Schools and classrooms do not stand apart from the larger society, but are, in fact, microcosms of the society. In other words, as American society continues to become more diverse, so too do our classrooms. Gone are times when we can assume that most all students are of Judeo-Christian faith, speak English as a first language, and were born in the United States. When looking at modern-day classrooms, we see different races, religions, national origins, various languages spoken, and overall different cultures that are observed along with what we might consider the "traditional" American culture. Because of this diversity, there have arisen many challenges that teachers face today that in the past they either didn't notice or wasn't trained to confront.
One challenge of modern educators is the diversity of religion in the classroom. Although all religious teachings and prayer have been removed from the public school system, it wasn't until recently that public schools referred to the time off from late December until early January as "Christmas break." In some parts of the country, schools still have some religion-related events whether they"re "Christmas plays," or "Easter egg hunts." It may seem trivial to some people, but it's probably a good idea for all public schools not to refer to events or vacations in the religious context, and out of respect to religious diversity, we should try to keep the classrooms as non-secular as possible.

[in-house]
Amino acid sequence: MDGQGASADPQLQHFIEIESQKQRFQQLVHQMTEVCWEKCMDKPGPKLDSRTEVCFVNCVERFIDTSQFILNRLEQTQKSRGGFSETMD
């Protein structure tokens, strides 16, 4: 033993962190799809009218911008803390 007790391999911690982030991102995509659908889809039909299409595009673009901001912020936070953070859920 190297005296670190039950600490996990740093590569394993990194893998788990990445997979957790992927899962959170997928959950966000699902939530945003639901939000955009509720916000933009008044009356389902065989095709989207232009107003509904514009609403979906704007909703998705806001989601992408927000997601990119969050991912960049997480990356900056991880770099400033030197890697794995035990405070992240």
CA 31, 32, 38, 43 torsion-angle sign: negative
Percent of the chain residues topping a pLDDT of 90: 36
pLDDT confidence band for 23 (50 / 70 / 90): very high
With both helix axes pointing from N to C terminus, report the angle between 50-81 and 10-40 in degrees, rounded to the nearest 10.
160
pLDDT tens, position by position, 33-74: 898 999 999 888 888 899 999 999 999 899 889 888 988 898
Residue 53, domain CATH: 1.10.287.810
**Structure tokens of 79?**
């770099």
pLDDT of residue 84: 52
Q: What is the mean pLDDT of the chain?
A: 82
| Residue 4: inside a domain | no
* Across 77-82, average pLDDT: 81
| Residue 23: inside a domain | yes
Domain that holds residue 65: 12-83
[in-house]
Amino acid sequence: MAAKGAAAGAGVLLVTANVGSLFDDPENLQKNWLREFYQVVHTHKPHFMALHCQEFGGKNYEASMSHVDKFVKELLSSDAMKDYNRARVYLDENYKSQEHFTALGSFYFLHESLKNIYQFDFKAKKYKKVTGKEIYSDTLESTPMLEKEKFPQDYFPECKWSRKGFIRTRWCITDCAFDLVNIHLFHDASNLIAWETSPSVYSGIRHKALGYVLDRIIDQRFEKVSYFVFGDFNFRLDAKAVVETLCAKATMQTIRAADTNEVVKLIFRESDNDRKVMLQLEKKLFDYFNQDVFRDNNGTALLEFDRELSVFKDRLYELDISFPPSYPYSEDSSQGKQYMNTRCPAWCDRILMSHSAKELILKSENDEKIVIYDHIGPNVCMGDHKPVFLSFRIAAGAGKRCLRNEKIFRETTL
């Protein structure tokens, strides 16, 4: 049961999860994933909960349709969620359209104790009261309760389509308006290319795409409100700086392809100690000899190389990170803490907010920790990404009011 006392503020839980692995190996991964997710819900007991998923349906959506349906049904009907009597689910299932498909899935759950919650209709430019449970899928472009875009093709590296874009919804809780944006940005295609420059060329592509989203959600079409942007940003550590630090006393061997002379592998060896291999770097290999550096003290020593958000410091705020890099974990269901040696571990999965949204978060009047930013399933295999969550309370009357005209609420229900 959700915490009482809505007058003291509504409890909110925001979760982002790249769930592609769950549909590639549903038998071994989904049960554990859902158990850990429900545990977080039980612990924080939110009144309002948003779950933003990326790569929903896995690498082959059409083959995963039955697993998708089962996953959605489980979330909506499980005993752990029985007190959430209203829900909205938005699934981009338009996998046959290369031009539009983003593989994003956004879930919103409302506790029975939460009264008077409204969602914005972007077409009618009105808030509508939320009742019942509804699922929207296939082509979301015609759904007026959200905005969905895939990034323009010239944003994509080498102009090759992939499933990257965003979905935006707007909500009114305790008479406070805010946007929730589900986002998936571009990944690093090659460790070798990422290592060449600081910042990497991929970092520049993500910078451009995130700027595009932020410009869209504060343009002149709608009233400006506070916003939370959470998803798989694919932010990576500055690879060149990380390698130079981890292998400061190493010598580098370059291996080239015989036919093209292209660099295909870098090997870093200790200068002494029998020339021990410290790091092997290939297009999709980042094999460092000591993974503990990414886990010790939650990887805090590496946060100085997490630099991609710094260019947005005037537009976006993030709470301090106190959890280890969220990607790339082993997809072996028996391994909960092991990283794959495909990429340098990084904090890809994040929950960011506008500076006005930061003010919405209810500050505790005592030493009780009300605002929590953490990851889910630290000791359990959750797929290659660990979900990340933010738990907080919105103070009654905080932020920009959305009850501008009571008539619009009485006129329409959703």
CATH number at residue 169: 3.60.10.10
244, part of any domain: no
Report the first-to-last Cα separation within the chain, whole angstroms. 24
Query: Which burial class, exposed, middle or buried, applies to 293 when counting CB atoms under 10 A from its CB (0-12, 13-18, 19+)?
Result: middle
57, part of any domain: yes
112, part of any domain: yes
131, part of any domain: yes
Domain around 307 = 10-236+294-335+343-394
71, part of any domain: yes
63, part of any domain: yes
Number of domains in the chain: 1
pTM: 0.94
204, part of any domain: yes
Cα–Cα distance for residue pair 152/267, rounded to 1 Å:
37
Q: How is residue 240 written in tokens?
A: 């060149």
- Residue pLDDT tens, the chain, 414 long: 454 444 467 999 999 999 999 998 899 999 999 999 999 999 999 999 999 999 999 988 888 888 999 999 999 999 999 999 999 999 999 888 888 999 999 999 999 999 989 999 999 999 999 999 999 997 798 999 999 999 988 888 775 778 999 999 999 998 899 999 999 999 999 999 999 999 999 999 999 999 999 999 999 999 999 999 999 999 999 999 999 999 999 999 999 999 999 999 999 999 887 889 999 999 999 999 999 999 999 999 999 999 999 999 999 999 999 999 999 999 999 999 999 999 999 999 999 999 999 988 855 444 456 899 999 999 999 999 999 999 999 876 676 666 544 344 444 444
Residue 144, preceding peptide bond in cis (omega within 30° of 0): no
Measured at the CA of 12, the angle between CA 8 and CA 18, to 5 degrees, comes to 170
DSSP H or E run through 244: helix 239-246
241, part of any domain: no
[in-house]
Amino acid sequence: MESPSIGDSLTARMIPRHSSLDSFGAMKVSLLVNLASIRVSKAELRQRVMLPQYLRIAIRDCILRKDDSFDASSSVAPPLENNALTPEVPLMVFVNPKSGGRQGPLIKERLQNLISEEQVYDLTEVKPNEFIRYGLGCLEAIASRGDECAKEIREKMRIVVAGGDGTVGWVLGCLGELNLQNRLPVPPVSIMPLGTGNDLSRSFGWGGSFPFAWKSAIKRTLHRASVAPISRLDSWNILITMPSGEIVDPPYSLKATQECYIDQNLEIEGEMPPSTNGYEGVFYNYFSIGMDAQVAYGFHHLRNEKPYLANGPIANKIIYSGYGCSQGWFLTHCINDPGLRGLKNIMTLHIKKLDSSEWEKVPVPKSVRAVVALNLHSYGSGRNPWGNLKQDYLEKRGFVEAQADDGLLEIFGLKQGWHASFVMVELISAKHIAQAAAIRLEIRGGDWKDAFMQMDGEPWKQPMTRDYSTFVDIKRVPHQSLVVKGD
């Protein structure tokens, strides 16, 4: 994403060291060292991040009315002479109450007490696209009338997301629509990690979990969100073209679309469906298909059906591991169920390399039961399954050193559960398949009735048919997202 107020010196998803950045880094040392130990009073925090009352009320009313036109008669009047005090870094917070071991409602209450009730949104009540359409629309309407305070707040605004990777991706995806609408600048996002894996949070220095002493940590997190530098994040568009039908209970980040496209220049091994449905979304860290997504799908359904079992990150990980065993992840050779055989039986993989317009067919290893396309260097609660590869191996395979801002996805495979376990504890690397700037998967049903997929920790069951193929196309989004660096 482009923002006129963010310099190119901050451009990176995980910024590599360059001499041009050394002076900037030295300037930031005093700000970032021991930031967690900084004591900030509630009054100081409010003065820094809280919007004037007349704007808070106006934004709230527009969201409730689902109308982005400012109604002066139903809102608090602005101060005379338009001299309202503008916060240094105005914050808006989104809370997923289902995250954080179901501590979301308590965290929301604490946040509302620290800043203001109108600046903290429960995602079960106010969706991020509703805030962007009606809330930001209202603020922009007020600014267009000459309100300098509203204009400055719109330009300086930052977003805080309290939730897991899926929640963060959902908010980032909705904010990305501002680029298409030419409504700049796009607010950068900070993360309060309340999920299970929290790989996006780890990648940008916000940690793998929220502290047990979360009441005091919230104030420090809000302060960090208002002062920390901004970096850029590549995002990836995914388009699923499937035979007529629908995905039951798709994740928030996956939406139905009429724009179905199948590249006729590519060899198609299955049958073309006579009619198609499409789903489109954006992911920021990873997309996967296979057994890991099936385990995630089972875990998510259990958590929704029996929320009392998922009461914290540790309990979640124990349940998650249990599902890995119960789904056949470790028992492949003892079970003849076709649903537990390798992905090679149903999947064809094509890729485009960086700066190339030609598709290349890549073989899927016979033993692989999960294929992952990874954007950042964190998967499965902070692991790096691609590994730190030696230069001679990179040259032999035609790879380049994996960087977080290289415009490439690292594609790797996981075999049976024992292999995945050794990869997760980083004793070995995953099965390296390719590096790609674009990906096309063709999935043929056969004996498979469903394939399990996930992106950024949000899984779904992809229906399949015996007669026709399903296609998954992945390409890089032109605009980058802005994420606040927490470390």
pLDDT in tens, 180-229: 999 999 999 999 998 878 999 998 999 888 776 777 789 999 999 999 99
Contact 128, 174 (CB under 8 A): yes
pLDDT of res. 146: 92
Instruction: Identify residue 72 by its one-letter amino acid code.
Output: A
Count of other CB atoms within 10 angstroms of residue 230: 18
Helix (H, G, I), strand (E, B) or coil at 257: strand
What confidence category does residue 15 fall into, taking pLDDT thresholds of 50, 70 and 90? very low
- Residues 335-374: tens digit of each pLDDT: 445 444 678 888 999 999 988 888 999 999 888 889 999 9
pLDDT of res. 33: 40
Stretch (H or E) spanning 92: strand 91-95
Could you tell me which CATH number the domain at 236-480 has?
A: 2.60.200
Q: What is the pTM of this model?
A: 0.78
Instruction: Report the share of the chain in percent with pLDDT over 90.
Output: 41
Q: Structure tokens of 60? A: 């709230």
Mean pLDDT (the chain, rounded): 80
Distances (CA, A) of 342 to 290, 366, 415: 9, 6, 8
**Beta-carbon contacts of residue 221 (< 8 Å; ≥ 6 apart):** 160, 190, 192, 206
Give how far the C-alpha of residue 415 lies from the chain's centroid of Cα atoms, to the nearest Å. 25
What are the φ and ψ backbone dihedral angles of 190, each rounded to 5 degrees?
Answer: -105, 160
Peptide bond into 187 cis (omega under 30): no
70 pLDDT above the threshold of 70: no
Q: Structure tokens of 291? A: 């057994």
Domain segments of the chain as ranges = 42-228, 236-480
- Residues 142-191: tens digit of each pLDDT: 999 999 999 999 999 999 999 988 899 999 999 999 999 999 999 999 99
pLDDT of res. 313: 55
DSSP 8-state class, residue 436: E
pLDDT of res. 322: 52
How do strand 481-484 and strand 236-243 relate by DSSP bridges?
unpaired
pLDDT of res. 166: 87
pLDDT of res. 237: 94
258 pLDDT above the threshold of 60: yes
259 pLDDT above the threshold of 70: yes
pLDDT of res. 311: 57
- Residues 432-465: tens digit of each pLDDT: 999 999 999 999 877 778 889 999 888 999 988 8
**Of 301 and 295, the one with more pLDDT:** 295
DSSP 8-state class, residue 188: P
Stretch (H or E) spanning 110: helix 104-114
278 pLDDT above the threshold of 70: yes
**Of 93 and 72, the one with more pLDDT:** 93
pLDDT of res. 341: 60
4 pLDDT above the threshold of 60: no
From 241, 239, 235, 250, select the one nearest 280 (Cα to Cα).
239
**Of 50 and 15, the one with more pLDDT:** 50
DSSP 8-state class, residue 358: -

Another challenge for teachers is the care for exceptional students and the particular needs they have. Although there are many types of exceptional students, the one thing most have in common, regardless of their need, is that they want to fit in to the general student population. Although that is the goal of most of these exceptional student programs, sometimes it's not easy to accomplish. Besides teachers not always knowing how to handle the special needs of these children, other students might not know how to interact with these children.